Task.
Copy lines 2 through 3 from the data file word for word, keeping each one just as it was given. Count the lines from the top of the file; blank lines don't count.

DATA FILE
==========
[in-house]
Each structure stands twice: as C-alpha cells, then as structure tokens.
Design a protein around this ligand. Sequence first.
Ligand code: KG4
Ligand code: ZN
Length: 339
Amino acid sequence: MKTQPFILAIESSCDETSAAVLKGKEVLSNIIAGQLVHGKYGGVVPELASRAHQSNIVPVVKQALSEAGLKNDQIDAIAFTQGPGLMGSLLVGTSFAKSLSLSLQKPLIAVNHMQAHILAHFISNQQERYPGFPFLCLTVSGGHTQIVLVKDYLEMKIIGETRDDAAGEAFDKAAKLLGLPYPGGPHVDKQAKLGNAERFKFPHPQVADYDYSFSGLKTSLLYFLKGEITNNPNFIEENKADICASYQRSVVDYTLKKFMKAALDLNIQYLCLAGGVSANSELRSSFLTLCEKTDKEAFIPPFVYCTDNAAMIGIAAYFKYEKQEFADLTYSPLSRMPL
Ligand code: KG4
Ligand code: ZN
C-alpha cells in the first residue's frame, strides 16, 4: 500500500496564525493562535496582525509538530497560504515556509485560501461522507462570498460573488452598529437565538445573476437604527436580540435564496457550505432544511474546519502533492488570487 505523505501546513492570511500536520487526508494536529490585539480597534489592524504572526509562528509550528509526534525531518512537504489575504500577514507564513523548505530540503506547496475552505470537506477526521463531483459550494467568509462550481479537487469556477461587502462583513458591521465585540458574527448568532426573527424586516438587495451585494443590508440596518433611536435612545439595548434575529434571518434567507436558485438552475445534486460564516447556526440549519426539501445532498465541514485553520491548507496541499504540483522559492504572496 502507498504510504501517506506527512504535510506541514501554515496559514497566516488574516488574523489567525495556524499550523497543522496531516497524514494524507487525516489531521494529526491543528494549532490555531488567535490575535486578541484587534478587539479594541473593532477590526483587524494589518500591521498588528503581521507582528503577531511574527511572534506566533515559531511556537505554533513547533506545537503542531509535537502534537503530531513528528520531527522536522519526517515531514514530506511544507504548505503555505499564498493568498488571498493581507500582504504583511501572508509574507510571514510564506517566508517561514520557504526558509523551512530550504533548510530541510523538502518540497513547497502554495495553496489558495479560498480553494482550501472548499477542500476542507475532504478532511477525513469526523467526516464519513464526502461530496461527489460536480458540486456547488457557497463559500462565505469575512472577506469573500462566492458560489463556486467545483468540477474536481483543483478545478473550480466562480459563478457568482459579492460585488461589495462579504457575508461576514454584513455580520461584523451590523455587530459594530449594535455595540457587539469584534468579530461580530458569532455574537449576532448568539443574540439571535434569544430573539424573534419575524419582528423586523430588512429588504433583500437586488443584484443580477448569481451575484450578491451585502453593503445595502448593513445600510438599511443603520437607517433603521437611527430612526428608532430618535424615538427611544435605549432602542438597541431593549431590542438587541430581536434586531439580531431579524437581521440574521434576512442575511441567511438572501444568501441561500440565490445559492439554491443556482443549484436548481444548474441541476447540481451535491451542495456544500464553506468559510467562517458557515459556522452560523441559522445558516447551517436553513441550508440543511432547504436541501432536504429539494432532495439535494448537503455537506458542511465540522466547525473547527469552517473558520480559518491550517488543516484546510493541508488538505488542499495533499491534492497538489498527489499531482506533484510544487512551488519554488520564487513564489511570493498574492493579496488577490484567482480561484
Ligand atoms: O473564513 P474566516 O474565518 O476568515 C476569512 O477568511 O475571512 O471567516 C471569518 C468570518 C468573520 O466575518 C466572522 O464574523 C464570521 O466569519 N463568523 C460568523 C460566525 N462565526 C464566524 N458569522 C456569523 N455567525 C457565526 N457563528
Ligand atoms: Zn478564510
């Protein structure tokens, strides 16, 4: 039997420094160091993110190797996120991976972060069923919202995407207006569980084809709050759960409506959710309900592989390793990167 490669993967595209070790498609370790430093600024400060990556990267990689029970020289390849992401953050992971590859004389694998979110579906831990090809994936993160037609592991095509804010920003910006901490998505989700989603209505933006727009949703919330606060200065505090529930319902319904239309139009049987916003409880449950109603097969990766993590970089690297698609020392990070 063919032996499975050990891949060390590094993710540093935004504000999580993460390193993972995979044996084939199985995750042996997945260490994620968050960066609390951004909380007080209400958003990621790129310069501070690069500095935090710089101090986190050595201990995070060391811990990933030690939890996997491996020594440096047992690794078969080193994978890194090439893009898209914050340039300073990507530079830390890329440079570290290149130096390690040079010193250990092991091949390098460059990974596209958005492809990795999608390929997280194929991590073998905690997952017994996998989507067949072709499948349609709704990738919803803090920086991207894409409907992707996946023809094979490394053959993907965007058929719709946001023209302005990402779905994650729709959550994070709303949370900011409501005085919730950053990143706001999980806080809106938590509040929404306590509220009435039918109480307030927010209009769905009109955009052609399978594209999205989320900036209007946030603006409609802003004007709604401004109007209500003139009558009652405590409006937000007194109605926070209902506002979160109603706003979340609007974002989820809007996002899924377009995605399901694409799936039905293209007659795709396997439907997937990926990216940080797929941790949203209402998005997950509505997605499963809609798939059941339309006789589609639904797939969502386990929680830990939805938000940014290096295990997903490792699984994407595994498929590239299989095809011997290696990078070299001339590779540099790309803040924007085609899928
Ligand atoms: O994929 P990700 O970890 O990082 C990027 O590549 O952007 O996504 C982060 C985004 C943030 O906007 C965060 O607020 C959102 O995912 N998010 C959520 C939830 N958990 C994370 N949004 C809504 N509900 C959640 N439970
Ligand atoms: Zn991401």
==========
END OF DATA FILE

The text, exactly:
Each structure stands twice: as C-alpha cells, then as structure tokens.
Design a protein around this ligand. Sequence first.